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Home > India > News > Report

31 crorepatis in fray in Nagaland election

February 27, 2008 14:49 IST

There are 31 'crorepatis' contesting in the Nagaland assembly election.

In a state, where there is no industry worth naming and no economy other than government offices, the number of crorepatis is surprisingly high.

According to the information provided by Nagaland's Chief Electoral Officer, C J Pomraj, asset details of 217 candidates are available with them and topping the list is S I Jamir, brother of former Chief Minister S C Jamir.

Candidates from the Nagaland People's Front are leaders of the 'crorepati gang'. They have 13 crorepatis while the Congress has eight in this highly exclusive list.

Jamir has cash and properties worth little over Rs 30 crore in his name, including agricultural land worth Rs 25 crore and buildings worth Rs 5 crore. He has a modest bank deposit of Rs 40,000.

He is not alone on the top. Chief ministerial aspirant from Congress, K L Chisi, is also not far behind. He has assets worth Rs 18 crore. He does not have any residential property and just Rs 21,000 in the bank, but his non residential property is worth Rs 13.16 crore besides agricultural land of Rs 5 crore.

In comparison, the just-ousted chief minister, Neiphu Rio, has properties worth Rs 4.27 crore. His agricultural land is valued at Rs 1 crore while his residential properties are valued at a staggering Rs 3.27 crore.

As far as the residential properties are concerned Rio is on third spot. The list is headed by another candidate, Tokhebo, who has residential property worth Rs 6 crore.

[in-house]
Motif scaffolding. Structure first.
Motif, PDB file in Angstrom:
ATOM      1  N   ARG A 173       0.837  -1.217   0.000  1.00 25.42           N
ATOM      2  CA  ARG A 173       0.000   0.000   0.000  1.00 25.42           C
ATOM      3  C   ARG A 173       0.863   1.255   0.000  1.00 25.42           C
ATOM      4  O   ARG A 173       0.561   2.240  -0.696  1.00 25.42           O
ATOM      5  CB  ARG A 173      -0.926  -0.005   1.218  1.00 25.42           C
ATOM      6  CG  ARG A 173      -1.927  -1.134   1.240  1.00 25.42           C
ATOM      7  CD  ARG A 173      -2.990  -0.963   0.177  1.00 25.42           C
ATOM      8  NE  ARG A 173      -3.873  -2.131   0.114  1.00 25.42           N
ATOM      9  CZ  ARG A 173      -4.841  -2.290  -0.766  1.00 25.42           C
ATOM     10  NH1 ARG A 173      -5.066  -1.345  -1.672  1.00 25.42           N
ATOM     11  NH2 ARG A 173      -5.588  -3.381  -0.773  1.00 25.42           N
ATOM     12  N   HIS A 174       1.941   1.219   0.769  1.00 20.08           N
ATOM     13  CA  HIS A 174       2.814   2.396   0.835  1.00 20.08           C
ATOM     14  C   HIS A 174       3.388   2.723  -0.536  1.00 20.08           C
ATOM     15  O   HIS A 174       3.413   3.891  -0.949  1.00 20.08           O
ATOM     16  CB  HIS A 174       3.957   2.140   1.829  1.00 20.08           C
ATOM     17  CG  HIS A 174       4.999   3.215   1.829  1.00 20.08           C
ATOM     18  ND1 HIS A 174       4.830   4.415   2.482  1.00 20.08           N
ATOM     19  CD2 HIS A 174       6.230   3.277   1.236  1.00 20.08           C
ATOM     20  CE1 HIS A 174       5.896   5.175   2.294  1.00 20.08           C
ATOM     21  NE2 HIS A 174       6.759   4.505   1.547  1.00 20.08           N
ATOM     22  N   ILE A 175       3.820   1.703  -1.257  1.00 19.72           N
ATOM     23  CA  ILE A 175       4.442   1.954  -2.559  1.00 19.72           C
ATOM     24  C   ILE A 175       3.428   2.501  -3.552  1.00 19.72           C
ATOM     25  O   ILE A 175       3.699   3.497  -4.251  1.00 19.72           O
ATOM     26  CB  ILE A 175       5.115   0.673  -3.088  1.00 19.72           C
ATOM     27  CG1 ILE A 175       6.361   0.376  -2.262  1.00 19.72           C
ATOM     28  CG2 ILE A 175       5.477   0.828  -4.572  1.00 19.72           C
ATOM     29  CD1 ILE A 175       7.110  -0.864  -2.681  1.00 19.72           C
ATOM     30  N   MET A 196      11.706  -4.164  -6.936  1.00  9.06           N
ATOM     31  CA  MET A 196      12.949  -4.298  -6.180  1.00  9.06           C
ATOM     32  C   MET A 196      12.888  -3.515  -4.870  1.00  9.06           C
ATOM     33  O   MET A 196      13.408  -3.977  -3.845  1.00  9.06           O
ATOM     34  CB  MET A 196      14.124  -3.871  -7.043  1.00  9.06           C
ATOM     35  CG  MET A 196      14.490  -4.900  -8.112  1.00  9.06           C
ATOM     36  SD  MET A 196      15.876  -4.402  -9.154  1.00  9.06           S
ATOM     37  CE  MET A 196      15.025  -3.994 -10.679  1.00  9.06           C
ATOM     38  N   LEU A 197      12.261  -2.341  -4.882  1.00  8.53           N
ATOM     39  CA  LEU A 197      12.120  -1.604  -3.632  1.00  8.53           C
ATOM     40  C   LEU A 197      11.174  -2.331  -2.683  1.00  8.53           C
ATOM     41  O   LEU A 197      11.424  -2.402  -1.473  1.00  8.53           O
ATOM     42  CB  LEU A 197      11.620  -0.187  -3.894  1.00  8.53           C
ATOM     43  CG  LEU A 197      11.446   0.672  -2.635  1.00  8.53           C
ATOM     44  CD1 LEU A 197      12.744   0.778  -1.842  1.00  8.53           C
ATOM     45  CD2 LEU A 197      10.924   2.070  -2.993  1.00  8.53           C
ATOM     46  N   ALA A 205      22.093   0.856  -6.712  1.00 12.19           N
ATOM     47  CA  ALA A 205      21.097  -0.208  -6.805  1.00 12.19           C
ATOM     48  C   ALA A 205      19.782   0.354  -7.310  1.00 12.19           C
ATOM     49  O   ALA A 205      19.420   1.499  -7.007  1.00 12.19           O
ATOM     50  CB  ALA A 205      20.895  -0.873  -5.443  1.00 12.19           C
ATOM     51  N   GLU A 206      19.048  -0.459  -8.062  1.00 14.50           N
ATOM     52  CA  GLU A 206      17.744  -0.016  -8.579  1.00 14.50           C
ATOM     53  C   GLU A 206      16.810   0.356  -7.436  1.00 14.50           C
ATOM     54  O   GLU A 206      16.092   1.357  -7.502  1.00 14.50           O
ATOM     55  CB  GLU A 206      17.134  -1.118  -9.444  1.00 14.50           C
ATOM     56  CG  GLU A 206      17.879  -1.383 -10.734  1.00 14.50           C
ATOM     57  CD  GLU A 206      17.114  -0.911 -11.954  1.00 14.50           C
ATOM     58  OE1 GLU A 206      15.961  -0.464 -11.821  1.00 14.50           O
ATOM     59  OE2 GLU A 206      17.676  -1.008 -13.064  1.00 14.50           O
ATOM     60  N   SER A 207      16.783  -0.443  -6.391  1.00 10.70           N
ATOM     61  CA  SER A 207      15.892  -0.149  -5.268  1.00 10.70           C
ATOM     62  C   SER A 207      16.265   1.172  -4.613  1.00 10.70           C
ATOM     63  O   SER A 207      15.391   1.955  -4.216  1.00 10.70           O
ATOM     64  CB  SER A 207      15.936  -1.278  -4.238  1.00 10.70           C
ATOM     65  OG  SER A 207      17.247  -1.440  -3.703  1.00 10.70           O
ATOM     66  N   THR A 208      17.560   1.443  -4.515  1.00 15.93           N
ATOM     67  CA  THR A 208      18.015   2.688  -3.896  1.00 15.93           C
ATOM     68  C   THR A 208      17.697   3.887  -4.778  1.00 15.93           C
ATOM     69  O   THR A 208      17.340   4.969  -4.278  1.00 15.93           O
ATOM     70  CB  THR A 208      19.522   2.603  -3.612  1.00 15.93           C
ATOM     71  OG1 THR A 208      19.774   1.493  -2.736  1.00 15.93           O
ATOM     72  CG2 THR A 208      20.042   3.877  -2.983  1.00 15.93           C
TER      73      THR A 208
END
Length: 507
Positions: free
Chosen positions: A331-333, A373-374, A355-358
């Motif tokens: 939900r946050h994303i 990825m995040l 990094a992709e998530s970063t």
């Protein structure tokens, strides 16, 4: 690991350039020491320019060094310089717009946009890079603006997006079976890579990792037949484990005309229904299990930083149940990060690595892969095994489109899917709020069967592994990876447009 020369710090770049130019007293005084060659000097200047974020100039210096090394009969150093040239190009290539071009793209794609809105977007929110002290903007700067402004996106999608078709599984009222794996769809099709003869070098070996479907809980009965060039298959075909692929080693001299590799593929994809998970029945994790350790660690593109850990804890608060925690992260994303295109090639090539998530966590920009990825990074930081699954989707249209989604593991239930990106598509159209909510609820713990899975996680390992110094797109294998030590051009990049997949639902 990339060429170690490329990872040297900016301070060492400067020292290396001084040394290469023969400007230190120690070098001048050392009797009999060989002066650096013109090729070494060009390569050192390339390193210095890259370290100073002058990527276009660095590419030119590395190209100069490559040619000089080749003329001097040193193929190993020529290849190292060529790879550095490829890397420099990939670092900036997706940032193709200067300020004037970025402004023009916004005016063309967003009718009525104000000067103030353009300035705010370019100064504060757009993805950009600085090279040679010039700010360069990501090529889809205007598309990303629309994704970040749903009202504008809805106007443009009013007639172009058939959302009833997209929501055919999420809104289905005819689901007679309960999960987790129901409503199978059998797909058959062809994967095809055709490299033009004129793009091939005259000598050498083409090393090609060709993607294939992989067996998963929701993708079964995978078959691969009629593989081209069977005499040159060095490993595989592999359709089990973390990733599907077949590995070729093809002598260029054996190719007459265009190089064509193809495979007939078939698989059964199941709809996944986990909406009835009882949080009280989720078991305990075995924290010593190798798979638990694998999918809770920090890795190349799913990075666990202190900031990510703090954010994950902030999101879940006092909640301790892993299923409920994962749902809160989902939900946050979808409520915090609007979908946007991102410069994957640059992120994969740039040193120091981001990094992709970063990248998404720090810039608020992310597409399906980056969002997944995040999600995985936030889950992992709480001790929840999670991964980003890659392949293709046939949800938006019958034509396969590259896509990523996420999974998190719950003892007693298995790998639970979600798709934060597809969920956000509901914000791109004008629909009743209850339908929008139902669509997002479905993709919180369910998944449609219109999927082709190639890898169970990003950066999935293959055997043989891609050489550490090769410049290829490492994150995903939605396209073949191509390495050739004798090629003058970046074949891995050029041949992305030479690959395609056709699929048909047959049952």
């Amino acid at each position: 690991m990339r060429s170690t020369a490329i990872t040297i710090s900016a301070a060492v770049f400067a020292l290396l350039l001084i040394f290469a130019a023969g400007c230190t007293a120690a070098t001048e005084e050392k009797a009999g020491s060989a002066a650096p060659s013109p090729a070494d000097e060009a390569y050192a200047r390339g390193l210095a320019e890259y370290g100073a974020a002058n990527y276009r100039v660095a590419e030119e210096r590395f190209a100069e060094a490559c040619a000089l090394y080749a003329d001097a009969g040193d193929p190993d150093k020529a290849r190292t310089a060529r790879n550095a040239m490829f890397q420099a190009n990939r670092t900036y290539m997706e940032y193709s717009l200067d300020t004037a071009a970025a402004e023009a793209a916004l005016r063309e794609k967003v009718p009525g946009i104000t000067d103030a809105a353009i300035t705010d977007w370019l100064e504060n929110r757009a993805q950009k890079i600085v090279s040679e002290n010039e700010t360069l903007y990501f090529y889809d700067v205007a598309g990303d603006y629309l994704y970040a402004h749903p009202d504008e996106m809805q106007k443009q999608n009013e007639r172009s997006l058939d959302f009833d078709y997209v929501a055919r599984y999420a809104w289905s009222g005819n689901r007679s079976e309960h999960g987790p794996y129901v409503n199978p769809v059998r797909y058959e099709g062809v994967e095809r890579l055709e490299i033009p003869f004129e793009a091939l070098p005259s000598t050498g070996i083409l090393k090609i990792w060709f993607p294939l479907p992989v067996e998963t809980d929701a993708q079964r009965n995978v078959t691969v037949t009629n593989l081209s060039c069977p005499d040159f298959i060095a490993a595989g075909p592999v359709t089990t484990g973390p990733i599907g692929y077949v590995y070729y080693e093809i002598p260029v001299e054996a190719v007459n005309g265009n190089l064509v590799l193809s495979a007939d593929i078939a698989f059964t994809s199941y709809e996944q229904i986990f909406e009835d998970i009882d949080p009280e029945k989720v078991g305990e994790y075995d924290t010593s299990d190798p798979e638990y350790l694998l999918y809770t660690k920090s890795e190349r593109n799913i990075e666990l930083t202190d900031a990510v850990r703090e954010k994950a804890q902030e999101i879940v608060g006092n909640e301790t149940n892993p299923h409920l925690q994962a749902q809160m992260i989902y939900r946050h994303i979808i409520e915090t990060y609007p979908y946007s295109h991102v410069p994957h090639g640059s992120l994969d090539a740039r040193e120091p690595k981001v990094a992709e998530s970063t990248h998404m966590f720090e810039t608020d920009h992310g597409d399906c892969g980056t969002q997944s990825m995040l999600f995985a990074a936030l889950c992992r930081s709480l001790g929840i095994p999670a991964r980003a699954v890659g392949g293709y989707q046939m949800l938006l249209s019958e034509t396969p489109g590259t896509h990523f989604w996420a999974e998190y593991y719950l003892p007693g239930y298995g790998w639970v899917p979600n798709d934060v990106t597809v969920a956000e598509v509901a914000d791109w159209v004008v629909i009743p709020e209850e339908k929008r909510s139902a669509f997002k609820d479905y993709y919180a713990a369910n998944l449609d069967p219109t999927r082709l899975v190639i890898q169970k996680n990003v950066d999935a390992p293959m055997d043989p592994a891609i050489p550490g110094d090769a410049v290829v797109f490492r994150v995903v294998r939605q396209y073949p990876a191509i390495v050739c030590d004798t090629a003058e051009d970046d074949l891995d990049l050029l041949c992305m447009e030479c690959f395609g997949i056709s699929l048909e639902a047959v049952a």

Rio's main challenger and chief ministerial aspirant from Congress, I Imkong, is not far behind either. He has Rs 5 lakh in cash, another Rs 7.22 lakh in bank deposit and agricultural land worth Rs 4.55 crore. However, his asset list does not end here. His non agricultural land is worth Rs 3.10 crore, but his residential property is only worth Rs 44 lakh.

Notably, an average Naga house cost just over Rs 2 lakh in urban areas and below Rs 50,000 in rural areas.

The list gets more interesting when the bank deposits are observed. Nagas are traditionally averse to banking instruments and they do not deposit their money there. Hence out of the 31 crorepatis, only 11 of them have more than a lakh of rupees in the banks.

The highest deposit in the bank is Rs 70 lakh by Kheikho Zhimoni, who surprisingly also has Rs 50,000 in cash and a house worth Rs 87 lakh. But most of the candidates have a very modest amount in the bank.

It is quite evident that Nagas believe in property and agricultural land and they invest heavily in these two areas. There is no income tax in Nagaland and none of these crorepatis have to pay any such tax as special laws are effective in the state.



UNI



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